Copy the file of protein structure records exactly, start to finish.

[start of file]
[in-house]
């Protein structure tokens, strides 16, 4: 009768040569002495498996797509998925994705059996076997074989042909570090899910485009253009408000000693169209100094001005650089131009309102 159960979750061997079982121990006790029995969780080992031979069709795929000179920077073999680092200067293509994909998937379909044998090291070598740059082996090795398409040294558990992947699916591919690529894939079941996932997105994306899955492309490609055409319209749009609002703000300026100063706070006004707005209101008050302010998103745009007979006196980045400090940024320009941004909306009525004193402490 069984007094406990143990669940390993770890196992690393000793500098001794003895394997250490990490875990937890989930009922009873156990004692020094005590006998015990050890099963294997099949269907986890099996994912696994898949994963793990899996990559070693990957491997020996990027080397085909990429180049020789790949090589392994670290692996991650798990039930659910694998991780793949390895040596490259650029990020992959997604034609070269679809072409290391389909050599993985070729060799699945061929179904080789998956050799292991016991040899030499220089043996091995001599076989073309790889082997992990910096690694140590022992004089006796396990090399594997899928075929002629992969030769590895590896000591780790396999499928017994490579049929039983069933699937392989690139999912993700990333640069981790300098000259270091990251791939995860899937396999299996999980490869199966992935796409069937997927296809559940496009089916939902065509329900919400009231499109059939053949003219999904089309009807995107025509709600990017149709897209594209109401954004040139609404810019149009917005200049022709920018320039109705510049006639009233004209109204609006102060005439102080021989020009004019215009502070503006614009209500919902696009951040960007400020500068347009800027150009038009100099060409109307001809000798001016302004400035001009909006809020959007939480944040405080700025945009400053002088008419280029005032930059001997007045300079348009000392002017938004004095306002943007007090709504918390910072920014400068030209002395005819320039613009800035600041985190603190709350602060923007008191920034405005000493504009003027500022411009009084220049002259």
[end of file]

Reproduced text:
[in-house]
């Protein structure tokens, strides 16, 4: 009768040569002495498996797509998925994705059996076997074989042909570090899910485009253009408000000693169209100094001005650089131009309102 159960979750061997079982121990006790029995969780080992031979069709795929000179920077073999680092200067293509994909998937379909044998090291070598740059082996090795398409040294558990992947699916591919690529894939079941996932997105994306899955492309490609055409319209749009609002703000300026100063706070006004707005209101008050302010998103745009007979006196980045400090940024320009941004909306009525004193402490 069984007094406990143990669940390993770890196992690393000793500098001794003895394997250490990490875990937890989930009922009873156990004692020094005590006998015990050890099963294997099949269907986890099996994912696994898949994963793990899996990559070693990957491997020996990027080397085909990429180049020789790949090589392994670290692996991650798990039930659910694998991780793949390895040596490259650029990020992959997604034609070269679809072409290391389909050599993985070729060799699945061929179904080789998956050799292991016991040899030499220089043996091995001599076989073309790889082997992990910096690694140590022992004089006796396990090399594997899928075929002629992969030769590895590896000591780790396999499928017994490579049929039983069933699937392989690139999912993700990333640069981790300098000259270091990251791939995860899937396999299996999980490869199966992935796409069937997927296809559940496009089916939902065509329900919400009231499109059939053949003219999904089309009807995107025509709600990017149709897209594209109401954004040139609404810019149009917005200049022709920018320039109705510049006639009233004209109204609006102060005439102080021989020009004019215009502070503006614009209500919902696009951040960007400020500068347009800027150009038009100099060409109307001809000798001016302004400035001009909006809020959007939480944040405080700025945009400053002088008419280029005032930059001997007045300079348009000392002017938004004095306002943007007090709504918390910072920014400068030209002395005819320039613009800035600041985190603190709350602060923007008191920034405005000493504009003027500022411009009084220049002259």